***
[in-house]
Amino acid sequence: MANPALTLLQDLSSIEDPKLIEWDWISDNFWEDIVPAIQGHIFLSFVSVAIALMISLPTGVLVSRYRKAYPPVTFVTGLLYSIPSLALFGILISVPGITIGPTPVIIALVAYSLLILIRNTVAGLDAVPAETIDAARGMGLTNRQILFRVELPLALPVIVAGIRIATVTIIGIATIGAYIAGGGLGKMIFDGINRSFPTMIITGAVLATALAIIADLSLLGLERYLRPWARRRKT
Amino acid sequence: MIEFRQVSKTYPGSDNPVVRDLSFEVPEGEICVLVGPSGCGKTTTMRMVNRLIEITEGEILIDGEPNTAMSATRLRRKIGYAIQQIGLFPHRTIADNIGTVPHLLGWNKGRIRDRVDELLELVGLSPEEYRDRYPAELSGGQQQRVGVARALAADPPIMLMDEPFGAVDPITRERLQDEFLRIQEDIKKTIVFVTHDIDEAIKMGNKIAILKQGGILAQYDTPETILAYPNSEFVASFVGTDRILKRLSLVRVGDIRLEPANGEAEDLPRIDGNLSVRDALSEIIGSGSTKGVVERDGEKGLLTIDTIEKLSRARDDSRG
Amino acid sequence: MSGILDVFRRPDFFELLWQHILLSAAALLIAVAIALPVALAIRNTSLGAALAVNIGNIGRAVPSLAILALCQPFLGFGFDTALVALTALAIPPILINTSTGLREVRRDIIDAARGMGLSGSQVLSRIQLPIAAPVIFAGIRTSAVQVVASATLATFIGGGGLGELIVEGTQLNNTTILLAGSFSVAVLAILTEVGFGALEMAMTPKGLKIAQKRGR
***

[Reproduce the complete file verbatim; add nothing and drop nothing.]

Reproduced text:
[in-house]
Amino acid sequence: MANPALTLLQDLSSIEDPKLIEWDWISDNFWEDIVPAIQGHIFLSFVSVAIALMISLPTGVLVSRYRKAYPPVTFVTGLLYSIPSLALFGILISVPGITIGPTPVIIALVAYSLLILIRNTVAGLDAVPAETIDAARGMGLTNRQILFRVELPLALPVIVAGIRIATVTIIGIATIGAYIAGGGLGKMIFDGINRSFPTMIITGAVLATALAIIADLSLLGLERYLRPWARRRKT
Amino acid sequence: MIEFRQVSKTYPGSDNPVVRDLSFEVPEGEICVLVGPSGCGKTTTMRMVNRLIEITEGEILIDGEPNTAMSATRLRRKIGYAIQQIGLFPHRTIADNIGTVPHLLGWNKGRIRDRVDELLELVGLSPEEYRDRYPAELSGGQQQRVGVARALAADPPIMLMDEPFGAVDPITRERLQDEFLRIQEDIKKTIVFVTHDIDEAIKMGNKIAILKQGGILAQYDTPETILAYPNSEFVASFVGTDRILKRLSLVRVGDIRLEPANGEAEDLPRIDGNLSVRDALSEIIGSGSTKGVVERDGEKGLLTIDTIEKLSRARDDSRG
Amino acid sequence: MSGILDVFRRPDFFELLWQHILLSAAALLIAVAIALPVALAIRNTSLGAALAVNIGNIGRAVPSLAILALCQPFLGFGFDTALVALTALAIPPILINTSTGLREVRRDIIDAARGMGLSGSQVLSRIQLPIAAPVIFAGIRTSAVQVVASATLATFIGGGGLGELIVEGTQLNNTTILLAGSFSVAVLAILTEVGFGALEMAMTPKGLKIAQKRGR